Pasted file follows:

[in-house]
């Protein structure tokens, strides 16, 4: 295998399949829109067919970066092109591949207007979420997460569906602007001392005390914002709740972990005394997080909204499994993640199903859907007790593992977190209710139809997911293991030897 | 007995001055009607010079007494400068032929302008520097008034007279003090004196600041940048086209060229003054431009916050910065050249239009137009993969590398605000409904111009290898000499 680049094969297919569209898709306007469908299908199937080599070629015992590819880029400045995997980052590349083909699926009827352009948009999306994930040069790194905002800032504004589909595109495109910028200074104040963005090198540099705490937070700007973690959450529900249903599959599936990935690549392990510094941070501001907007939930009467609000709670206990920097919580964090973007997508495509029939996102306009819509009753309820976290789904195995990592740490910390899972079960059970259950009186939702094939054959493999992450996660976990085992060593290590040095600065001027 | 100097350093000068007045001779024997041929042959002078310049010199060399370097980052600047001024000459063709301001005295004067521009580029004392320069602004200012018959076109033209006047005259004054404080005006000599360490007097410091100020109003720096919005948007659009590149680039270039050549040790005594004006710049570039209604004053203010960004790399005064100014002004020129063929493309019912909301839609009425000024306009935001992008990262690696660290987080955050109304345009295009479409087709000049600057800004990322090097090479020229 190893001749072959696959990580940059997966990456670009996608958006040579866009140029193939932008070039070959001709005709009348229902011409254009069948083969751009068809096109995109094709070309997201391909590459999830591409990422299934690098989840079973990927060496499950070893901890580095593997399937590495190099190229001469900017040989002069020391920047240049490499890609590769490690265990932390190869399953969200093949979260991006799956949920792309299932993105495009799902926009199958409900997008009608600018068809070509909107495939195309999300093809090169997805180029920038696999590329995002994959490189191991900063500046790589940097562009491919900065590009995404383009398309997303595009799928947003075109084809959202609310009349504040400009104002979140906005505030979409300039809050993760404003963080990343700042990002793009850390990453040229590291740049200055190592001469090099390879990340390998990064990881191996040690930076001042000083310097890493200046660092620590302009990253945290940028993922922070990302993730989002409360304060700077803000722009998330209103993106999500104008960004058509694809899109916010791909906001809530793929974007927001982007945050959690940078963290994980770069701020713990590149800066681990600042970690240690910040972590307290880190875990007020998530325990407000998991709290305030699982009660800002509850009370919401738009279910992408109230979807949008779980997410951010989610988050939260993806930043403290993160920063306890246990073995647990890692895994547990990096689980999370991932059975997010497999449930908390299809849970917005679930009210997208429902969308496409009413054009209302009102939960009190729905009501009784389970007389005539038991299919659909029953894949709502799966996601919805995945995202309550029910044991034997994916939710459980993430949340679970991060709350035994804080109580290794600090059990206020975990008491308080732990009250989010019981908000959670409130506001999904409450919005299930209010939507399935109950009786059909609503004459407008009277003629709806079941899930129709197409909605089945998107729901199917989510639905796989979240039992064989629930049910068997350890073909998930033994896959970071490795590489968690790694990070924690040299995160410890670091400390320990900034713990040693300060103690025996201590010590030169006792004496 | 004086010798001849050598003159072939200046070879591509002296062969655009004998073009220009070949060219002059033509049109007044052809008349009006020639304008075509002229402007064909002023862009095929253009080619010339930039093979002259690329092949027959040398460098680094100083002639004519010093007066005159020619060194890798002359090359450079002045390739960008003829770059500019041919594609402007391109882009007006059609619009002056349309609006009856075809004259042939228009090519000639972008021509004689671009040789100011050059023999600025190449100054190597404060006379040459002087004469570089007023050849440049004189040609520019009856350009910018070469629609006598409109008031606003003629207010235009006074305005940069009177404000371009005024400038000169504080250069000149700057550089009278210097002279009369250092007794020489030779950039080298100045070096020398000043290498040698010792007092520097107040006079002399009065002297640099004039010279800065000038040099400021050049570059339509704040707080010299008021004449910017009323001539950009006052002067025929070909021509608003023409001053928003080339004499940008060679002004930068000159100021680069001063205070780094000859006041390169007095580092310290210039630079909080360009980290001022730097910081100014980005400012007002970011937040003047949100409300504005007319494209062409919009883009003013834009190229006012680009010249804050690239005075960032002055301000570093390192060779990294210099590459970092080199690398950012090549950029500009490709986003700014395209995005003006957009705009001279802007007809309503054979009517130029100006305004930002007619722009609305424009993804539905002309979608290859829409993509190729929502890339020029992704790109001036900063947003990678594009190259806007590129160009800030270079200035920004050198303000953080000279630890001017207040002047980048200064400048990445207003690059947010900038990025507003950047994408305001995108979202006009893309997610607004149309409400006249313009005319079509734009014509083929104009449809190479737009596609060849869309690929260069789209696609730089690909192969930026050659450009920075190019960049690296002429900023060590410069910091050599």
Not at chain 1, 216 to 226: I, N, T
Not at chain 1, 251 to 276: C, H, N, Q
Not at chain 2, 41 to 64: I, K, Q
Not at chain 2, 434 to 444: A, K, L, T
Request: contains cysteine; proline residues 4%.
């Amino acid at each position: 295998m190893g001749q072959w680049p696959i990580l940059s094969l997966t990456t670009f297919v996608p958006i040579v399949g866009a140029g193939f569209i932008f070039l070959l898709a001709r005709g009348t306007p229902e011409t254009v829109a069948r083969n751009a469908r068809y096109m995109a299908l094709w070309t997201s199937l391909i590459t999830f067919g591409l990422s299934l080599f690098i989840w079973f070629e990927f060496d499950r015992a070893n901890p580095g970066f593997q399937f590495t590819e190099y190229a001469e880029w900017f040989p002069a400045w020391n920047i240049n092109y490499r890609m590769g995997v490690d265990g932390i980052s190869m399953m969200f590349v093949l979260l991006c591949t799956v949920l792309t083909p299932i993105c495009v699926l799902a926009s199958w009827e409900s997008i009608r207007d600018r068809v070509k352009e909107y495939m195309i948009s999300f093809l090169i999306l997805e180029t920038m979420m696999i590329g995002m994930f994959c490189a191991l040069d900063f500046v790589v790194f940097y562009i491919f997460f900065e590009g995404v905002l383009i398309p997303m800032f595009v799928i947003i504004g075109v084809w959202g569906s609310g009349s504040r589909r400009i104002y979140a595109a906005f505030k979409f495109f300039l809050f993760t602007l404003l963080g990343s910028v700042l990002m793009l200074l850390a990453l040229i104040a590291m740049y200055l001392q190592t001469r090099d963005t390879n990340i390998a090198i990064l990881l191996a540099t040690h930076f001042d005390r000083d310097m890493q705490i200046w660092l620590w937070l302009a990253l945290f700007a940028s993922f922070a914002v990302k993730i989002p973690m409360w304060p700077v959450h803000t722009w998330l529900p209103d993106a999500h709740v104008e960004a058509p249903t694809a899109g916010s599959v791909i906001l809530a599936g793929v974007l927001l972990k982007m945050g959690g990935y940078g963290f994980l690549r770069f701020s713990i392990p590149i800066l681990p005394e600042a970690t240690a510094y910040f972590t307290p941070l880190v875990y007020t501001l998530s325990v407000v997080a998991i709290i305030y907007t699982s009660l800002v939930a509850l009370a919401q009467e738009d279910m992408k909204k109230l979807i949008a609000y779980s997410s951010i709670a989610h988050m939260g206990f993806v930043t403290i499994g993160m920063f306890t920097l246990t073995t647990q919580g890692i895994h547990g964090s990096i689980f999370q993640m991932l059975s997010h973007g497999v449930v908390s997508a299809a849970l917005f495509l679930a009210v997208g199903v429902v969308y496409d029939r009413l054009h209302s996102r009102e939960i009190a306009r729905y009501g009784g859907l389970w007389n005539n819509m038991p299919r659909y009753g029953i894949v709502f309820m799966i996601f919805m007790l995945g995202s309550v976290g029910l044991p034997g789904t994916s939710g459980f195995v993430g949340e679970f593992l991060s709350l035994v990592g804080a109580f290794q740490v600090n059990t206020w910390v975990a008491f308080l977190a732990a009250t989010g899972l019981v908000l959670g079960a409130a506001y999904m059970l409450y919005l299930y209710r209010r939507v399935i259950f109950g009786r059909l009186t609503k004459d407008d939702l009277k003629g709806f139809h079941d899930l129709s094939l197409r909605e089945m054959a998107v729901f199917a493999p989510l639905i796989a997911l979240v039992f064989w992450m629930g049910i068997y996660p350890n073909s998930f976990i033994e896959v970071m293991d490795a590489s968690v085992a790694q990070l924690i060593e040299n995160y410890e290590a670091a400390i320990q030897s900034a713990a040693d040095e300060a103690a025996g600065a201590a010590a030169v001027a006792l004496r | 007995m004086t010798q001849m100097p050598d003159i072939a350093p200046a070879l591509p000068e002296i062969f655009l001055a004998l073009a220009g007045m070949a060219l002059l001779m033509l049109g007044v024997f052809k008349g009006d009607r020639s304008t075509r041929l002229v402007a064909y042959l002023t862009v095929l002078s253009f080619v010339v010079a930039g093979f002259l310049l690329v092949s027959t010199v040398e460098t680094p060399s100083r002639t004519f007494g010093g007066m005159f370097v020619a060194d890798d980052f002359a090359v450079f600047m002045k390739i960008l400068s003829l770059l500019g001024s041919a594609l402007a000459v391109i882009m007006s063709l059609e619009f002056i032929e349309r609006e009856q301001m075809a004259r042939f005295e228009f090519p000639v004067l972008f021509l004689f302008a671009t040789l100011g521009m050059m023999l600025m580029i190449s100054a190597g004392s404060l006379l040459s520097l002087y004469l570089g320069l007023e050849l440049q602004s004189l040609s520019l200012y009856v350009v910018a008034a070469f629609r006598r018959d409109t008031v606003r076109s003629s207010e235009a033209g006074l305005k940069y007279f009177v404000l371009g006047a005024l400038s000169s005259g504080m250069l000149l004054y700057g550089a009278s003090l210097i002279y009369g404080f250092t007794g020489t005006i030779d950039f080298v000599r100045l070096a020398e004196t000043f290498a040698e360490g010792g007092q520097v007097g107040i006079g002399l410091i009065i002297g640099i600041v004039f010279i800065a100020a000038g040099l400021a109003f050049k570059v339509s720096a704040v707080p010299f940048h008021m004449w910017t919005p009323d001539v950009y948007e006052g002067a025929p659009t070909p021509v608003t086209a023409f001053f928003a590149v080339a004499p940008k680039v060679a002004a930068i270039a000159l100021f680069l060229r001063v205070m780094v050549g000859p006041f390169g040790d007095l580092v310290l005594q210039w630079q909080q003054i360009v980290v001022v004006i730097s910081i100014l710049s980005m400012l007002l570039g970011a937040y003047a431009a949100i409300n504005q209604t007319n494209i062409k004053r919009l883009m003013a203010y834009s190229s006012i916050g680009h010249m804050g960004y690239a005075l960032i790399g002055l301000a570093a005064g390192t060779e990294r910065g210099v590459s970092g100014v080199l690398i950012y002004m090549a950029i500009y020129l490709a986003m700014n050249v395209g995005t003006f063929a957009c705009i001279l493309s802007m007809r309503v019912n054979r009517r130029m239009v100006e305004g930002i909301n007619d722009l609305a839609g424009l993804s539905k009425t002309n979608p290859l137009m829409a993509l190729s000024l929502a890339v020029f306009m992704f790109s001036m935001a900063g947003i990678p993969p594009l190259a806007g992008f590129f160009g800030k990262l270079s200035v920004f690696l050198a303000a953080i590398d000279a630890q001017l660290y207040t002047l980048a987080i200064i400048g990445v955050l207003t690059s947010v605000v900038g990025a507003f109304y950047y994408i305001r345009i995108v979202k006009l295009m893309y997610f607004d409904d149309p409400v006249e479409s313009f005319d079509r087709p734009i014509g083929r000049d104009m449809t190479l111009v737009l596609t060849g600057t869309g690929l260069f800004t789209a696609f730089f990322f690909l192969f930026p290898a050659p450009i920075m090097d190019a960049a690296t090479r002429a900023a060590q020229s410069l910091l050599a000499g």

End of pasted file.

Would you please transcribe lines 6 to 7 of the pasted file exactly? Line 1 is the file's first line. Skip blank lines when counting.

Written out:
Not at chain 2, 434 to 444: A, K, L, T
Request: contains cysteine; proline residues 4%.